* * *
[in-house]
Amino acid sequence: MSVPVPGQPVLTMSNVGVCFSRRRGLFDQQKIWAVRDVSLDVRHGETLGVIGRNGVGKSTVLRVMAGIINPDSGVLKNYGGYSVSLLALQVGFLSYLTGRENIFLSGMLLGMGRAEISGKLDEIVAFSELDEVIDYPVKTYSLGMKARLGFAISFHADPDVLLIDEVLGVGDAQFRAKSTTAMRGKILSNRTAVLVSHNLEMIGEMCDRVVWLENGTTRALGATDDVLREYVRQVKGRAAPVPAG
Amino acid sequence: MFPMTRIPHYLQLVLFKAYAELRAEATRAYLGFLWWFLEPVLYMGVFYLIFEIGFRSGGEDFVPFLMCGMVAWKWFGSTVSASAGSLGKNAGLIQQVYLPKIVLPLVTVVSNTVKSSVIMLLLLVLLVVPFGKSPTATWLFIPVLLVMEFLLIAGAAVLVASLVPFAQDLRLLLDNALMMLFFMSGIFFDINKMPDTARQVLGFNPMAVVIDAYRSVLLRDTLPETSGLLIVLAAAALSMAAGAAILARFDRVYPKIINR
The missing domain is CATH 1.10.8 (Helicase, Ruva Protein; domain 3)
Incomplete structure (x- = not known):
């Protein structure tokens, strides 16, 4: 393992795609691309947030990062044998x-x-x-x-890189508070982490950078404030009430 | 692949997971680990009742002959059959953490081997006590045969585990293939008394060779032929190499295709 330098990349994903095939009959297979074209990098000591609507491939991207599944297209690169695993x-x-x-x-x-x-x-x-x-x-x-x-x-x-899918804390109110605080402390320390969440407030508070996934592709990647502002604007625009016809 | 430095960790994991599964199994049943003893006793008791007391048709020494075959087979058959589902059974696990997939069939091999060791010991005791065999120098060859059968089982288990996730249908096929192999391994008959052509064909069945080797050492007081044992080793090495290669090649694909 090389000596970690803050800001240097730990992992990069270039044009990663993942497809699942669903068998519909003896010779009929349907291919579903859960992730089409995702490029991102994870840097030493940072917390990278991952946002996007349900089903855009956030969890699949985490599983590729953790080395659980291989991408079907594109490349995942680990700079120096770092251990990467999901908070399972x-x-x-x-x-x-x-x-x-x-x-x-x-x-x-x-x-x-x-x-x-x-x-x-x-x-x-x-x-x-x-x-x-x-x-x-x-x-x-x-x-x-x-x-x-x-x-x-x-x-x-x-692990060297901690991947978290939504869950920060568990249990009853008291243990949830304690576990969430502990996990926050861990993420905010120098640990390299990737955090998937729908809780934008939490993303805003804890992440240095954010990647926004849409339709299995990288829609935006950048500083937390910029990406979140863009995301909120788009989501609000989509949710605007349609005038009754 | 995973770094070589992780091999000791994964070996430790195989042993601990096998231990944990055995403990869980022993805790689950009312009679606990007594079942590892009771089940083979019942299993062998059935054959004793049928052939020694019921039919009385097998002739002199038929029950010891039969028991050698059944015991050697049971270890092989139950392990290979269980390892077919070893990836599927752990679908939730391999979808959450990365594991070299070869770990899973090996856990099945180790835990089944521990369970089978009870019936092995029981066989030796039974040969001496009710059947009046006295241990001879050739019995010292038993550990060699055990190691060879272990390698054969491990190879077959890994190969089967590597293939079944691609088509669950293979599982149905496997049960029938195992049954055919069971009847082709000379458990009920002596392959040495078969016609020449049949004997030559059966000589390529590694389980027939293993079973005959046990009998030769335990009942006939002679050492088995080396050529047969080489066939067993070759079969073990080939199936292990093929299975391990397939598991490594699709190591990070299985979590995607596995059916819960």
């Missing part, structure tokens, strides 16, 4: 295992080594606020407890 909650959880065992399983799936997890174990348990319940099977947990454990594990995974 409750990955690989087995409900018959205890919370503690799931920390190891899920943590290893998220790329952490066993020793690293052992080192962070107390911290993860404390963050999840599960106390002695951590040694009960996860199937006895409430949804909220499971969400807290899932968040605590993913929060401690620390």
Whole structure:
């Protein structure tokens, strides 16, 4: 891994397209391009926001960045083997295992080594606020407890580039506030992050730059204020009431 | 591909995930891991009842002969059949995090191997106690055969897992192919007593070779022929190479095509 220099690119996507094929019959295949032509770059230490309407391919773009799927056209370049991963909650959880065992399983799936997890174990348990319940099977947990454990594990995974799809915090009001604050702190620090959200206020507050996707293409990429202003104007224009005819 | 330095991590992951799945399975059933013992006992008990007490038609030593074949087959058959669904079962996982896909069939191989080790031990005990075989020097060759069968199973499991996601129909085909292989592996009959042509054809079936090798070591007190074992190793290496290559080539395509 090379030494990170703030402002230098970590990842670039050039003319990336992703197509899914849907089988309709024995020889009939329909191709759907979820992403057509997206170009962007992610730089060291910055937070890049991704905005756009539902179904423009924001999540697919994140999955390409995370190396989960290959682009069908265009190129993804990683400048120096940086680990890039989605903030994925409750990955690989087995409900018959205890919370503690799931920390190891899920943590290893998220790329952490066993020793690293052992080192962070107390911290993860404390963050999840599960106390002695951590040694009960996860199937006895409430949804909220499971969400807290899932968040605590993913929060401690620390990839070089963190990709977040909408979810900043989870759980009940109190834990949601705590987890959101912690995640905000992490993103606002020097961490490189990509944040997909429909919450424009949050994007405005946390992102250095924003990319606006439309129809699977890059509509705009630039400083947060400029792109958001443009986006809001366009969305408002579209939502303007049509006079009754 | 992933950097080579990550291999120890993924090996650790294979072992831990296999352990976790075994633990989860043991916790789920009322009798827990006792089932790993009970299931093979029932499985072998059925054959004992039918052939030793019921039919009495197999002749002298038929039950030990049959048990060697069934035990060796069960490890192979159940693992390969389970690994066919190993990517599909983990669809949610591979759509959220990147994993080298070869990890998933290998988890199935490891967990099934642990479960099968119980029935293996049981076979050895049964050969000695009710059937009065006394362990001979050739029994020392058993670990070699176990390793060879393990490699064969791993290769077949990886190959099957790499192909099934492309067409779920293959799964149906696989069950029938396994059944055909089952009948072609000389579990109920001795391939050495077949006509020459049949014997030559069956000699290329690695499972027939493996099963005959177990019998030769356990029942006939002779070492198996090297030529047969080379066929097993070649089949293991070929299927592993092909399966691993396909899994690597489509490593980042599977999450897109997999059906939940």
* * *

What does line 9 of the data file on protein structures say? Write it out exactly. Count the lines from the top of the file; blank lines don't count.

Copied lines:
């Protein structure tokens, strides 16, 4: 891994397209391009926001960045083997295992080594606020407890580039506030992050730059204020009431 | 591909995930891991009842002969059949995090191997106690055969897992192919007593070779022929190479095509 220099690119996507094929019959295949032509770059230490309407391919773009799927056209370049991963909650959880065992399983799936997890174990348990319940099977947990454990594990995974799809915090009001604050702190620090959200206020507050996707293409990429202003104007224009005819 | 330095991590992951799945399975059933013992006992008990007490038609030593074949087959058959669904079962996982896909069939191989080790031990005990075989020097060759069968199973499991996601129909085909292989592996009959042509054809079936090798070591007190074992190793290496290559080539395509 090379030494990170703030402002230098970590990842670039050039003319990336992703197509899914849907089988309709024995020889009939329909191709759907979820992403057509997206170009962007992610730089060291910055937070890049991704905005756009539902179904423009924001999540697919994140999955390409995370190396989960290959682009069908265009190129993804990683400048120096940086680990890039989605903030994925409750990955690989087995409900018959205890919370503690799931920390190891899920943590290893998220790329952490066993020793690293052992080192962070107390911290993860404390963050999840599960106390002695951590040694009960996860199937006895409430949804909220499971969400807290899932968040605590993913929060401690620390990839070089963190990709977040909408979810900043989870759980009940109190834990949601705590987890959101912690995640905000992490993103606002020097961490490189990509944040997909429909919450424009949050994007405005946390992102250095924003990319606006439309129809699977890059509509705009630039400083947060400029792109958001443009986006809001366009969305408002579209939502303007049509006079009754 | 992933950097080579990550291999120890993924090996650790294979072992831990296999352990976790075994633990989860043991916790789920009322009798827990006792089932790993009970299931093979029932499985072998059925054959004992039918052939030793019921039919009495197999002749002298038929039950030990049959048990060697069934035990060796069960490890192979159940693992390969389970690994066919190993990517599909983990669809949610591979759509959220990147994993080298070869990890998933290998988890199935490891967990099934642990479960099968119980029935293996049981076979050895049964050969000695009710059937009065006394362990001979050739029994020392058993670990070699176990390793060879393990490699064969791993290769077949990886190959099957790499192909099934492309067409779920293959799964149906696989069950029938396994059944055909089952009948072609000389579990109920001795391939050495077949006509020459049949014997030559069956000699290329690695499972027939493996099963005959177990019998030769356990029942006939002779070492198996090297030529047969080379066929097993070649089949293991070929299927592993092909399966691993396909899994690597489509490593980042599977999450897109997999059906939940």